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December 2005

Application Configuration with Libraries

Visual Studio 2005 has a great support to define application- and user-specific configuration with a "Settings" file. Creating a Settings file item, a class is created that derives from the class ApplicationSettingsBase to read application-configuration information from app.config. The values can be read using the strongly-typed class, e.g. Properties.Settings.Default.SomeSetting.

If the application configuration file does not exist, or the configuration information is not found in the file, the default values are hard-coded in the settings-class with the attribute [DefaultSettingValue]. If the values should not be hard-coded, it is possible to disable this feature by setting the property GenerateDefaultValueInCode to false.

Special attention must be taken if the configuration values should be used within a library. With a library it is possible to create a settings file item for strongly typed access to configurations. Of course, libraries don't have their own configuration files. The configuration settings used by the settings class in the library can easily be added to the configuration file of the application.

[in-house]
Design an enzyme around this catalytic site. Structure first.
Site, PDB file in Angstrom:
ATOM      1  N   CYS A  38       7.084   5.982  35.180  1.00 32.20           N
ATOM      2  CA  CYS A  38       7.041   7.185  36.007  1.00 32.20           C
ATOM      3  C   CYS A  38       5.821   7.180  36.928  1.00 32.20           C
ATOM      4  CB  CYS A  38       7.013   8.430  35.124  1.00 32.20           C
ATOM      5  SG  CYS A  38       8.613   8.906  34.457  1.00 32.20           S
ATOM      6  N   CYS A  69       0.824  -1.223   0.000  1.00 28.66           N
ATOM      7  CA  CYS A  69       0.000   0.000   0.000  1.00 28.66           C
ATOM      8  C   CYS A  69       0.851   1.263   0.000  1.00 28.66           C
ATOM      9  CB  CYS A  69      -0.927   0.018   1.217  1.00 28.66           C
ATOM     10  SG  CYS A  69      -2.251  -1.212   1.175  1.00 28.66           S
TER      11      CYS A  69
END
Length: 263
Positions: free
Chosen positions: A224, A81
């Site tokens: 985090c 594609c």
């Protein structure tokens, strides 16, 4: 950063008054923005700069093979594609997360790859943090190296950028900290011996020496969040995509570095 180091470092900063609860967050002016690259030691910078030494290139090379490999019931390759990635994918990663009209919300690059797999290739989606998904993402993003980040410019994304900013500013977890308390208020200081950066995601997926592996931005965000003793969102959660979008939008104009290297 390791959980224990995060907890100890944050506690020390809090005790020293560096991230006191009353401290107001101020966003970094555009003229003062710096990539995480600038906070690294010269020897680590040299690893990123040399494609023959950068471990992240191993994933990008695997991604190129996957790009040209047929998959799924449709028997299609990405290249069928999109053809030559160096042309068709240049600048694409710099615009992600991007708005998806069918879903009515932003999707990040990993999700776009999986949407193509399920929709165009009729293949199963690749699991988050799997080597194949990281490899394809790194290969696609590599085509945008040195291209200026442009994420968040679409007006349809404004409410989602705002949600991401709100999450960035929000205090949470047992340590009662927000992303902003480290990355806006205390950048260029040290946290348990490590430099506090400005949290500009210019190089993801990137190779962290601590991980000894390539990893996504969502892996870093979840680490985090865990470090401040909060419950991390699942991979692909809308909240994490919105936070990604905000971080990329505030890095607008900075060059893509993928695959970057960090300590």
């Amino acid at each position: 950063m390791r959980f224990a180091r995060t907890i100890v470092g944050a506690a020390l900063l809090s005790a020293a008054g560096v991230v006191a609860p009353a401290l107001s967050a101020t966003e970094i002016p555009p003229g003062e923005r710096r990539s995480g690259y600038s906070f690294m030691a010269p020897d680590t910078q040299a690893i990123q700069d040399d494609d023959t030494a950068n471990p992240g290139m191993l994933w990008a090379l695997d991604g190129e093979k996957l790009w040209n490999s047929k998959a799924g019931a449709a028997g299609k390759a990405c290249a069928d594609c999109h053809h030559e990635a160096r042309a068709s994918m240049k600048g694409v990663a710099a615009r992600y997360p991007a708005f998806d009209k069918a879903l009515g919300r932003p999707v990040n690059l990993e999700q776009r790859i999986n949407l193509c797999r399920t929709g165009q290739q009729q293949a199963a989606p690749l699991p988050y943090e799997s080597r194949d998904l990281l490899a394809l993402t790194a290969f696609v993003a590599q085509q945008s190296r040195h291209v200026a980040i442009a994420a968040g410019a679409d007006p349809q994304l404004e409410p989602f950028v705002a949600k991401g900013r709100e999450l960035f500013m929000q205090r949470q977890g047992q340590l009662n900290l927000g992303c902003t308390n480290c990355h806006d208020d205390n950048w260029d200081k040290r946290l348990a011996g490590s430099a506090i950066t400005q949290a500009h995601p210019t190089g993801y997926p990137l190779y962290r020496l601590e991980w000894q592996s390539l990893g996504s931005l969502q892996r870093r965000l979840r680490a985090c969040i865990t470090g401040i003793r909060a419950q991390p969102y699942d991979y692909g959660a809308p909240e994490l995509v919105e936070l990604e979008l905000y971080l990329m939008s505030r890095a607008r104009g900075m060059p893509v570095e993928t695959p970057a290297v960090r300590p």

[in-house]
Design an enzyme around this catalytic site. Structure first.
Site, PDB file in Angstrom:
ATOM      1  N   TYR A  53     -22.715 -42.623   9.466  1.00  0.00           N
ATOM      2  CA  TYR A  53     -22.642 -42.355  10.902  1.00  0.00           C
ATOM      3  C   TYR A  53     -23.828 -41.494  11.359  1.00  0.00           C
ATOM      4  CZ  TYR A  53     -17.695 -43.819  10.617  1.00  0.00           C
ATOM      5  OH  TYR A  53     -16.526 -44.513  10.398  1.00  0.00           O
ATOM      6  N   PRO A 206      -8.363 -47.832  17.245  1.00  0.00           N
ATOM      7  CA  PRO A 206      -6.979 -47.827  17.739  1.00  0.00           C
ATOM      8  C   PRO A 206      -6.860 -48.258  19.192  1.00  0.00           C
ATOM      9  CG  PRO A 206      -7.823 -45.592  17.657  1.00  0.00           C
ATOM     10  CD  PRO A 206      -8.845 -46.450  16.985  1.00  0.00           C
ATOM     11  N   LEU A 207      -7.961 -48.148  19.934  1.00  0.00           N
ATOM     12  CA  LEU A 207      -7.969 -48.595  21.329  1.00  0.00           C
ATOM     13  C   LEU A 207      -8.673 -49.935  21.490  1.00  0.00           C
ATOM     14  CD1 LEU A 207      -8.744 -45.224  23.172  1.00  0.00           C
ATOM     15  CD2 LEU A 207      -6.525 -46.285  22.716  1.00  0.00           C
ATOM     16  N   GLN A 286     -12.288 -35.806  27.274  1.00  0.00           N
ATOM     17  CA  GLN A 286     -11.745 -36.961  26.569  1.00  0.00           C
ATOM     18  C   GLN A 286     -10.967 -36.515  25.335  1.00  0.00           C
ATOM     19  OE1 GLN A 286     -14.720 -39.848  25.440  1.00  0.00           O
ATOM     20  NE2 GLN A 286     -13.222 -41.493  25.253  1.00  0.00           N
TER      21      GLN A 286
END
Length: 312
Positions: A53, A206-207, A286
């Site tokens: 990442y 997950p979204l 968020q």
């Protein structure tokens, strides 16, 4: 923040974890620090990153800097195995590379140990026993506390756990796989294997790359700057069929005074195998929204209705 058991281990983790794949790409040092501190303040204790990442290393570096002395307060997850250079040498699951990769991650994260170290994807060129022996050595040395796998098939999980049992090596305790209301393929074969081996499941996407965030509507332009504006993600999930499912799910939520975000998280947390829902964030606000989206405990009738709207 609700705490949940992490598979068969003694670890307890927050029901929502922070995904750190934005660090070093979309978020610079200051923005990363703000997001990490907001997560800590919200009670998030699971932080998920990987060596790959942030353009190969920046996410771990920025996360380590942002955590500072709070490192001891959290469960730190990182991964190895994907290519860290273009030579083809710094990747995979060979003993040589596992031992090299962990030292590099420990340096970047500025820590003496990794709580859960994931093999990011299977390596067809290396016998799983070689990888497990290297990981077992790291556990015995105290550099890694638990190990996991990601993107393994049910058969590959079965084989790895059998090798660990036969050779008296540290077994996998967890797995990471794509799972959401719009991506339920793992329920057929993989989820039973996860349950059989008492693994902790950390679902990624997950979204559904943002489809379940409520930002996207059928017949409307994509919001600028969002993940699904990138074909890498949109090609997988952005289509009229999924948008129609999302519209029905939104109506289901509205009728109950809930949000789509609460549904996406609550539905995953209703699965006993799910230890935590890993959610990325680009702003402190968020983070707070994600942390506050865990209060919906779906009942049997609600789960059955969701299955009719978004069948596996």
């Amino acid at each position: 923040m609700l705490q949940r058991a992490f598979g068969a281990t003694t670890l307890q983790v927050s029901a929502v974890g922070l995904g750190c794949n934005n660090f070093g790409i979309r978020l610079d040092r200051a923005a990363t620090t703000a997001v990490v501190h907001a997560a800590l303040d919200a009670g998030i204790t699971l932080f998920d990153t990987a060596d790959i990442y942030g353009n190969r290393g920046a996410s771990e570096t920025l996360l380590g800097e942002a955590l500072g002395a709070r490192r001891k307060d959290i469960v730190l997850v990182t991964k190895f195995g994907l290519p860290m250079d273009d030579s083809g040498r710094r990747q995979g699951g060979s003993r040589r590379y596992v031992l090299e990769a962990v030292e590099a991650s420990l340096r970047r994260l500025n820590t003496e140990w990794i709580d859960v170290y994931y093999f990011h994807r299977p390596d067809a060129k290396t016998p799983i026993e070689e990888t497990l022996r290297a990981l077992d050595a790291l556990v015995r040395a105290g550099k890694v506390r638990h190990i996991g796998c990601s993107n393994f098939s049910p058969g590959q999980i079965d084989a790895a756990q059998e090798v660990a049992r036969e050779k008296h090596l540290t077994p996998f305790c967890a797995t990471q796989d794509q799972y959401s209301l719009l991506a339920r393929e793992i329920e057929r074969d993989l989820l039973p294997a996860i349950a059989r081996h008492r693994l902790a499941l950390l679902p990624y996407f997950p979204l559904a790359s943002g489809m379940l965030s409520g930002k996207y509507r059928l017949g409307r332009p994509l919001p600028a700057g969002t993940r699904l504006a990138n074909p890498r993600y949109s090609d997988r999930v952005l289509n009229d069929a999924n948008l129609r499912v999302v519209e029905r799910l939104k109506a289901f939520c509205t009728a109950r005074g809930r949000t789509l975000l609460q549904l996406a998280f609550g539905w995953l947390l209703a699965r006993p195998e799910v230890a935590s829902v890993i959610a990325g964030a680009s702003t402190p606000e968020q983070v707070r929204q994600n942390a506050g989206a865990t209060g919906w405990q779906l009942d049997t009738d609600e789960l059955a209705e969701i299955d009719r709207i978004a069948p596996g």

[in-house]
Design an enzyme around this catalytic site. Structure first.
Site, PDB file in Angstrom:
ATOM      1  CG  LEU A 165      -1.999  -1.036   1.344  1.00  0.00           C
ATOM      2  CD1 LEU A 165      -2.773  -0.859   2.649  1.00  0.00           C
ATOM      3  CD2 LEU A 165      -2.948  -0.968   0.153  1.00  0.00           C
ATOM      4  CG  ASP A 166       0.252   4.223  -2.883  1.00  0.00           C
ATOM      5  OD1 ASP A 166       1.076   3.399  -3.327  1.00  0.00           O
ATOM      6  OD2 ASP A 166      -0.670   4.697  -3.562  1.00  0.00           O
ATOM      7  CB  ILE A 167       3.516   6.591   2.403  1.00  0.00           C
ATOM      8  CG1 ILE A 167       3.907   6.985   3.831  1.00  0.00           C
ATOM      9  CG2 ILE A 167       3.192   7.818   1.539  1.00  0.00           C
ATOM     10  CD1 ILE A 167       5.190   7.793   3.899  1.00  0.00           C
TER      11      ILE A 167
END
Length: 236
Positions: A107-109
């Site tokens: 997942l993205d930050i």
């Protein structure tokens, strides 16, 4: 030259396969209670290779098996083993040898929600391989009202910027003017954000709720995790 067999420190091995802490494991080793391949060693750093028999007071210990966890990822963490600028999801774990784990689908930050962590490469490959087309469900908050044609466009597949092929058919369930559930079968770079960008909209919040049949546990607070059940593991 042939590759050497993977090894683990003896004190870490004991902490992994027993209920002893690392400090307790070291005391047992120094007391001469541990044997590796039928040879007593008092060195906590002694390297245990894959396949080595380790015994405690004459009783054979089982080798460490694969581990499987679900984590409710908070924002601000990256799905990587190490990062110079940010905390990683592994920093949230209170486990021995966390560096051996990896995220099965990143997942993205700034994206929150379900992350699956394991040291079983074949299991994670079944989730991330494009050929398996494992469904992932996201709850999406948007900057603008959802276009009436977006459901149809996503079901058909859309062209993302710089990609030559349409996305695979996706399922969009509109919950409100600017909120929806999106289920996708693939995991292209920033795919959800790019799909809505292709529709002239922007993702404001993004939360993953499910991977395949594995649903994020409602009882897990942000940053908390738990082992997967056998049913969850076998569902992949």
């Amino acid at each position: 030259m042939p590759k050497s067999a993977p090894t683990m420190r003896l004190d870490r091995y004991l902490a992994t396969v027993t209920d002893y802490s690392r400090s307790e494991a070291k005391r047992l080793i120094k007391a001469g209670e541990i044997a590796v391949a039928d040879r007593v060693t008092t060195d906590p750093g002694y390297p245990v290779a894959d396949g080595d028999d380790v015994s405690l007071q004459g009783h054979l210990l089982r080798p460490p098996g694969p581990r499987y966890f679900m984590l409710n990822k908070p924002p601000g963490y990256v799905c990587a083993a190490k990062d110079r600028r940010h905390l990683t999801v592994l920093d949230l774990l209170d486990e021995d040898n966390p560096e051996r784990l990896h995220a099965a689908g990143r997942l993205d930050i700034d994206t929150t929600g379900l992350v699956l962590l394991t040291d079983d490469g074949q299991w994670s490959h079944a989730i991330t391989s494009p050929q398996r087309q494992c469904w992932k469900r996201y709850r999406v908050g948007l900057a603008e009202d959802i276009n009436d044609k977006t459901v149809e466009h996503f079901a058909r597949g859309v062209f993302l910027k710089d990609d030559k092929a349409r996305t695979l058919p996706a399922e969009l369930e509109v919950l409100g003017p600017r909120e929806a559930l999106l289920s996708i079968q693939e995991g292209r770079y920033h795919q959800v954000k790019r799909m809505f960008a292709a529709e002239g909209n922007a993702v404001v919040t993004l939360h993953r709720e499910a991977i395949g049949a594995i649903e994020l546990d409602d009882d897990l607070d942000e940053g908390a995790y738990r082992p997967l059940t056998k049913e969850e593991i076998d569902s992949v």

Special care must be taken if the same configuration values are shared between multiple projects. The tool-generated settings class uses configuration values that include the root namespace of the project. This behavior can be changed by applying the attribute [SettingsGroupName("MyGroup")]. Using this attribute, the group name is used with the configuration file instead of the namespace of the project:

    <setting name="Setting1" serializeAs="String">
      <value>Some value</value>

This makes it possible to share the same configuration between multiple projects although the projects can have different root namespaces.


Klingon Culture on Windows Vista

Shawn Steele created a custom culture for Klingon with an LDML file for Windows Vista!

Shawn's post Why and How I Chose Klingon for an Example gives more insight of Klingon. Shawn doesn't wear Klingon masks. I did. ;-) In 2004 I've created a custom Klingon culture that is used to read resources. Shawn has an additional feature: he offers Klingon month names with the custom culture! Similar to Shawn I've also searched for translation of month names and failed. While Shawn did a great job doing his own Klingon translation I decided to demonstrate a different calendar: the Mars calendar (see the second screenshot). The Mars calendar has different days in a year and number of months. It seems that no documentation on earth exists about this information from Klingon.